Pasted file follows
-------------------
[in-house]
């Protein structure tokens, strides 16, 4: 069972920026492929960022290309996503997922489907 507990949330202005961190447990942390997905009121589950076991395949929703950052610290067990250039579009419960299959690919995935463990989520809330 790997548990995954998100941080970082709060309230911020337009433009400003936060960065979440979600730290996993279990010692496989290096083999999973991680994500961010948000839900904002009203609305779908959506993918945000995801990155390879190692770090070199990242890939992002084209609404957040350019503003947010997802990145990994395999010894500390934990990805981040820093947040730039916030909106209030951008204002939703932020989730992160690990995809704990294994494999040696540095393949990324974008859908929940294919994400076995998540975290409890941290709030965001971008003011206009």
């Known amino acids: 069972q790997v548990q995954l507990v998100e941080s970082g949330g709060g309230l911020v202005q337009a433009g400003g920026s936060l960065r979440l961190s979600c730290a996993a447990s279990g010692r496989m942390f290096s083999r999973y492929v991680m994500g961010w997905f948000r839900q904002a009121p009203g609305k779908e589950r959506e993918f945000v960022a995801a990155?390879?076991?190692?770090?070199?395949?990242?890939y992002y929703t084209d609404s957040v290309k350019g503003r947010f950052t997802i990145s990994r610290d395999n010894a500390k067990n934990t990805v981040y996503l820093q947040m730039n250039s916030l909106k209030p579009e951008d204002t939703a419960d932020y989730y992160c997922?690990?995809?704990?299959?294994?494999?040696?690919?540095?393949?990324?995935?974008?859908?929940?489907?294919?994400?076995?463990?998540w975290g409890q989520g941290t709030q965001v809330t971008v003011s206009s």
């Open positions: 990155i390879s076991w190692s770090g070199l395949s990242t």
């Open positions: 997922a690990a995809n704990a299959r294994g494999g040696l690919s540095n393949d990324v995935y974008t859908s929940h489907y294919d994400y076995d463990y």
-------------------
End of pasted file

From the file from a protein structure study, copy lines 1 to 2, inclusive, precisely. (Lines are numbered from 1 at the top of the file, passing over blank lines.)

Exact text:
[in-house]
């Protein structure tokens, strides 16, 4: 069972920026492929960022290309996503997922489907 507990949330202005961190447990942390997905009121589950076991395949929703950052610290067990250039579009419960299959690919995935463990989520809330 790997548990995954998100941080970082709060309230911020337009433009400003936060960065979440979600730290996993279990010692496989290096083999999973991680994500961010948000839900904002009203609305779908959506993918945000995801990155390879190692770090070199990242890939992002084209609404957040350019503003947010997802990145990994395999010894500390934990990805981040820093947040730039916030909106209030951008204002939703932020989730992160690990995809704990294994494999040696540095393949990324974008859908929940294919994400076995998540975290409890941290709030965001971008003011206009």